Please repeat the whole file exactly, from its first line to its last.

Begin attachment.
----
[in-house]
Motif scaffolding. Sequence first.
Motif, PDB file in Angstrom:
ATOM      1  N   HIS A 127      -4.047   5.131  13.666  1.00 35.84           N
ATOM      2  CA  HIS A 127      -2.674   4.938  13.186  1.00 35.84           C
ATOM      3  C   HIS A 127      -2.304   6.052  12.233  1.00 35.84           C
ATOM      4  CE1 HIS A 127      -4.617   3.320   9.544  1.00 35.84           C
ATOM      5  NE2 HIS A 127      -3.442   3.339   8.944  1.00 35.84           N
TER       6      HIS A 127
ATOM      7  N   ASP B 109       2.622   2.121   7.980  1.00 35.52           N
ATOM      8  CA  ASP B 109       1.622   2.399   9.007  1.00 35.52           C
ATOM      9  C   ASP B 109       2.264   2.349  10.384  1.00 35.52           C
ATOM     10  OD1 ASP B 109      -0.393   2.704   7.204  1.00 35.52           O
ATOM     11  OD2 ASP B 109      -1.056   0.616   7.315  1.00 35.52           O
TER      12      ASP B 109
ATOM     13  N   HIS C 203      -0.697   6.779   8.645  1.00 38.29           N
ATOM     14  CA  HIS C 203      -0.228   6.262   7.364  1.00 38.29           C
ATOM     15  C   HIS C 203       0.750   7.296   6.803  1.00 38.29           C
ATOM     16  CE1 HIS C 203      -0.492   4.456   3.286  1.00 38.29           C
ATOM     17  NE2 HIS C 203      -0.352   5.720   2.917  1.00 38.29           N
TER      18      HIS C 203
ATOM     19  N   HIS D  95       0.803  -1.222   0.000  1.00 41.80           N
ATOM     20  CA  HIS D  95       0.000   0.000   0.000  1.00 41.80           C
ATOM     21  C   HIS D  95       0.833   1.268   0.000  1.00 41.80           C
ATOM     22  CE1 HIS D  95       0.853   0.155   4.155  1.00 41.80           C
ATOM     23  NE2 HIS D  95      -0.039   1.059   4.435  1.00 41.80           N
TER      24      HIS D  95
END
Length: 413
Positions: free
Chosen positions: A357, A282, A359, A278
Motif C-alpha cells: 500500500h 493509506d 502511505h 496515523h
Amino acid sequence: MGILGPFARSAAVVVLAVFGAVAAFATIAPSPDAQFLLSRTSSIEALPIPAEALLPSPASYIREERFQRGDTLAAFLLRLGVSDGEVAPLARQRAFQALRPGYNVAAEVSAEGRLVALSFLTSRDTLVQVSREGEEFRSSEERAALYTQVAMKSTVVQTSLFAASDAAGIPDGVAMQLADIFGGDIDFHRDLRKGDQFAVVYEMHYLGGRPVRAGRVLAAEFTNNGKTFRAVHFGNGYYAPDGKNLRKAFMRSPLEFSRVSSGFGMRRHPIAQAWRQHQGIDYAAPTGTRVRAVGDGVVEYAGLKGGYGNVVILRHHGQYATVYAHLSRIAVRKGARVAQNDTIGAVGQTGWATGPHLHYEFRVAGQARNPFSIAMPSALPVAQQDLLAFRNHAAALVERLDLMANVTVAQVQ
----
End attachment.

[in-house]
Motif scaffolding. Sequence first.
Motif, PDB file in Angstrom:
ATOM      1  N   HIS A 127      -4.047   5.131  13.666  1.00 35.84           N
ATOM      2  CA  HIS A 127      -2.674   4.938  13.186  1.00 35.84           C
ATOM      3  C   HIS A 127      -2.304   6.052  12.233  1.00 35.84           C
ATOM      4  CE1 HIS A 127      -4.617   3.320   9.544  1.00 35.84           C
ATOM      5  NE2 HIS A 127      -3.442   3.339   8.944  1.00 35.84           N
TER       6      HIS A 127
ATOM      7  N   ASP B 109       2.622   2.121   7.980  1.00 35.52           N
ATOM      8  CA  ASP B 109       1.622   2.399   9.007  1.00 35.52           C
ATOM      9  C   ASP B 109       2.264   2.349  10.384  1.00 35.52           C
ATOM     10  OD1 ASP B 109      -0.393   2.704   7.204  1.00 35.52           O
ATOM     11  OD2 ASP B 109      -1.056   0.616   7.315  1.00 35.52           O
TER      12      ASP B 109
ATOM     13  N   HIS C 203      -0.697   6.779   8.645  1.00 38.29           N
ATOM     14  CA  HIS C 203      -0.228   6.262   7.364  1.00 38.29           C
ATOM     15  C   HIS C 203       0.750   7.296   6.803  1.00 38.29           C
ATOM     16  CE1 HIS C 203      -0.492   4.456   3.286  1.00 38.29           C
ATOM     17  NE2 HIS C 203      -0.352   5.720   2.917  1.00 38.29           N
TER      18      HIS C 203
ATOM     19  N   HIS D  95       0.803  -1.222   0.000  1.00 41.80           N
ATOM     20  CA  HIS D  95       0.000   0.000   0.000  1.00 41.80           C
ATOM     21  C   HIS D  95       0.833   1.268   0.000  1.00 41.80           C
ATOM     22  CE1 HIS D  95       0.853   0.155   4.155  1.00 41.80           C
ATOM     23  NE2 HIS D  95      -0.039   1.059   4.435  1.00 41.80           N
TER      24      HIS D  95
END
Length: 413
Positions: free
Chosen positions: A357, A282, A359, A278
Motif C-alpha cells: 500500500h 493509506d 502511505h 496515523h
Amino acid sequence: MGILGPFARSAAVVVLAVFGAVAAFATIAPSPDAQFLLSRTSSIEALPIPAEALLPSPASYIREERFQRGDTLAAFLLRLGVSDGEVAPLARQRAFQALRPGYNVAAEVSAEGRLVALSFLTSRDTLVQVSREGEEFRSSEERAALYTQVAMKSTVVQTSLFAASDAAGIPDGVAMQLADIFGGDIDFHRDLRKGDQFAVVYEMHYLGGRPVRAGRVLAAEFTNNGKTFRAVHFGNGYYAPDGKNLRKAFMRSPLEFSRVSSGFGMRRHPIAQAWRQHQGIDYAAPTGTRVRAVGDGVVEYAGLKGGYGNVVILRHHGQYATVYAHLSRIAVRKGARVAQNDTIGAVGQTGWATGPHLHYEFRVAGQARNPFSIAMPSALPVAQQDLLAFRNHAAALVERLDLMANVTVAQVQ